One possibility for Twitter’s future that some progressive activists talked about as Mr. Musk moved closer to finalizing his deal is that left-wing users quit en masse. There is little evidence that this is happening in any meaningful way so far. As was the case with many Twitter whistleblowers on the right, the protests are likely to be very blustery.

“We anticipate there will be an intensification of the rage to leave Twitter,” Mr. Sohn said. “Whether this turns into actual people leaving Twitter remains to be seen.”

Charlie Kirk, a right-wing activist who has cultivated a progressive-antagonistic persona, had his account suspended last month for posting material about transgender people that Twitter said violated its terms of service.

Mr. Kirk’s account was reactivated and he started tweeting again last week, starting with a post that read, “What thought crimes should I commit today on Twitter?” He followed several others, including one that declared the existence of an “undeniable war against white people in the West”.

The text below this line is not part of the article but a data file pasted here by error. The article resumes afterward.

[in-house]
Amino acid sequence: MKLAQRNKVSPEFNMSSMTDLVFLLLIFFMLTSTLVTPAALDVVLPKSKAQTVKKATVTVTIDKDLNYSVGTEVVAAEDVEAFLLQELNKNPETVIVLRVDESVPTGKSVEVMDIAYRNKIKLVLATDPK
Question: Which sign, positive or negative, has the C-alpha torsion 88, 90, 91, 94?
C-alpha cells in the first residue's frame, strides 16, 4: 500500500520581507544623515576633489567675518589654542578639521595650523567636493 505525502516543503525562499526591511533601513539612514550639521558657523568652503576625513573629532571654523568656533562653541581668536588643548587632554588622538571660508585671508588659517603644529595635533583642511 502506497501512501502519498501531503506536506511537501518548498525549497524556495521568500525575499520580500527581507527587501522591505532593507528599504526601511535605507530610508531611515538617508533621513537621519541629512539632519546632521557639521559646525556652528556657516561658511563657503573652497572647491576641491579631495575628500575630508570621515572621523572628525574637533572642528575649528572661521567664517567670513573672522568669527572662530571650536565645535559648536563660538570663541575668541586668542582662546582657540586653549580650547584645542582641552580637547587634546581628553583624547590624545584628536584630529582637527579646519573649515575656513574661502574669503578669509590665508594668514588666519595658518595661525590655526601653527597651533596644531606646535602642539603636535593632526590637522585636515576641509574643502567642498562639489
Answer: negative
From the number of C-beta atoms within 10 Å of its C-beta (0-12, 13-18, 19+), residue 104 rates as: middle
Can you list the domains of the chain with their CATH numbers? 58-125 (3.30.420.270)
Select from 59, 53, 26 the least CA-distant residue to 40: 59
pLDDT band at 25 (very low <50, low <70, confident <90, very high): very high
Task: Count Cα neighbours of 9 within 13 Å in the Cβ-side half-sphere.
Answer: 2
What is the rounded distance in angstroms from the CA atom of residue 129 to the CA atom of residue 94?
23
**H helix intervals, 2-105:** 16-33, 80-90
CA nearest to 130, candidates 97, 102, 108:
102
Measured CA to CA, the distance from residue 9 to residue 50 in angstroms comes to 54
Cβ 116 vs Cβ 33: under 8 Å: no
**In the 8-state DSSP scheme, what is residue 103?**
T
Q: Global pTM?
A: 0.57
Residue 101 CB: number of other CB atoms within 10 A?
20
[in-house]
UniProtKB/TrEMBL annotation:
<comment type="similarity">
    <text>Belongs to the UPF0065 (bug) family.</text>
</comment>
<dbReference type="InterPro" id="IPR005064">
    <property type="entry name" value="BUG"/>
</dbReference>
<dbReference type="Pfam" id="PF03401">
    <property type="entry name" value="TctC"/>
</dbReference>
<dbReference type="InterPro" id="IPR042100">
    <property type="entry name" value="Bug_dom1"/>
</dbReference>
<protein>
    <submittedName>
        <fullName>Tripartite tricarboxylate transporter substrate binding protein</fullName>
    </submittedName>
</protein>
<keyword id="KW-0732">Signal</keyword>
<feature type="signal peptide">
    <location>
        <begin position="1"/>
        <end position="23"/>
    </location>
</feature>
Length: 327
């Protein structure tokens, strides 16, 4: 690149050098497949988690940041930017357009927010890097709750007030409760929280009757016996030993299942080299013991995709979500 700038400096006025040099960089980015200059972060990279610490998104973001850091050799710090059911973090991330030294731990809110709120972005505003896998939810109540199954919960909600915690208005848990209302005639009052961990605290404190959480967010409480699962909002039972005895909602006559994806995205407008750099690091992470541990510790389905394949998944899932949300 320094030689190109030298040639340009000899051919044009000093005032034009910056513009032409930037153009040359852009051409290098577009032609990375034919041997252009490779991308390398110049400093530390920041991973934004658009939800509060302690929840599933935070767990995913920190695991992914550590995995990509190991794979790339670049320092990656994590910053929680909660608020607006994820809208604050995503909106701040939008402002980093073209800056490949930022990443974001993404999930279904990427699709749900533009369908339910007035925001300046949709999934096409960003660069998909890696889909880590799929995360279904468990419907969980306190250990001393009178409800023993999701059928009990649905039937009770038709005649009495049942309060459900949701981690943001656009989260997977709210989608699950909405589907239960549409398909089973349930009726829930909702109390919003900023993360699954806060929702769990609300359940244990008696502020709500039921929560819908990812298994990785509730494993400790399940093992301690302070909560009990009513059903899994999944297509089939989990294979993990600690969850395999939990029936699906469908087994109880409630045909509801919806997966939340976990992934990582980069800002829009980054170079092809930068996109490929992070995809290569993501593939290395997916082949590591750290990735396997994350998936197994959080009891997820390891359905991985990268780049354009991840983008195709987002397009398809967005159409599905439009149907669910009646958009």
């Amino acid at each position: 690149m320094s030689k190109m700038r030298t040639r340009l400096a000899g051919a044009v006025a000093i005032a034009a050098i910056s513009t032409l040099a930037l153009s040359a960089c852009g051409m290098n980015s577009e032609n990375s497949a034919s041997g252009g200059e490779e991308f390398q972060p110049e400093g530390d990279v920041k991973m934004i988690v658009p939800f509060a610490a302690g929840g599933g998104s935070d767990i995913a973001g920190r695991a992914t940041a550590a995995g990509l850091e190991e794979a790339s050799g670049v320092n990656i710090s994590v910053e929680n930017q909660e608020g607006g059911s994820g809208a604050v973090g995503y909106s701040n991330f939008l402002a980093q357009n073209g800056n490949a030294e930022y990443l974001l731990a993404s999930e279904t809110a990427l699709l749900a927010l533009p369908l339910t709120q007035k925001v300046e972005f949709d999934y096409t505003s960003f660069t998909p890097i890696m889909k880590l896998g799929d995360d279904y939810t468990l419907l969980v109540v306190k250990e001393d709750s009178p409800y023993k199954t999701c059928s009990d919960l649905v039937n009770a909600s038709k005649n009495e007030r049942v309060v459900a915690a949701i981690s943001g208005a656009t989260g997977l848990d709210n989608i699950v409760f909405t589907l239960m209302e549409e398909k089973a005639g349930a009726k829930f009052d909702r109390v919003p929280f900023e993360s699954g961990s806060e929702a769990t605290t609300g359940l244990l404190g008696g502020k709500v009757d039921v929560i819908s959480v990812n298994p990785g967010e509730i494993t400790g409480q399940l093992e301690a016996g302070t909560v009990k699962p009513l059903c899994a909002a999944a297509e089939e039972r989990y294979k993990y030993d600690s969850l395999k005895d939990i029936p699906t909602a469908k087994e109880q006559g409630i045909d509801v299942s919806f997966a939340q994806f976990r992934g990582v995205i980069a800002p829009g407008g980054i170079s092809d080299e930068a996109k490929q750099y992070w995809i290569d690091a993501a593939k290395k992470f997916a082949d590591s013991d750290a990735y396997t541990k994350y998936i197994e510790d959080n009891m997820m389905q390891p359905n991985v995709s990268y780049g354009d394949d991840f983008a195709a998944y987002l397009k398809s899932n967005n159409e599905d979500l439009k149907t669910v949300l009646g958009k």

Then he explained his return to the platform he had spent so much time criticizing, saying, “Due to new management, I’m back on Twitter.”

In fact, there is no new management. Mr. Musk’s deal is not expected to close until the end of the year, when he owns the company and can do what he wants with it.

It looks like Twitter is too big for anyone, right or left, to undo.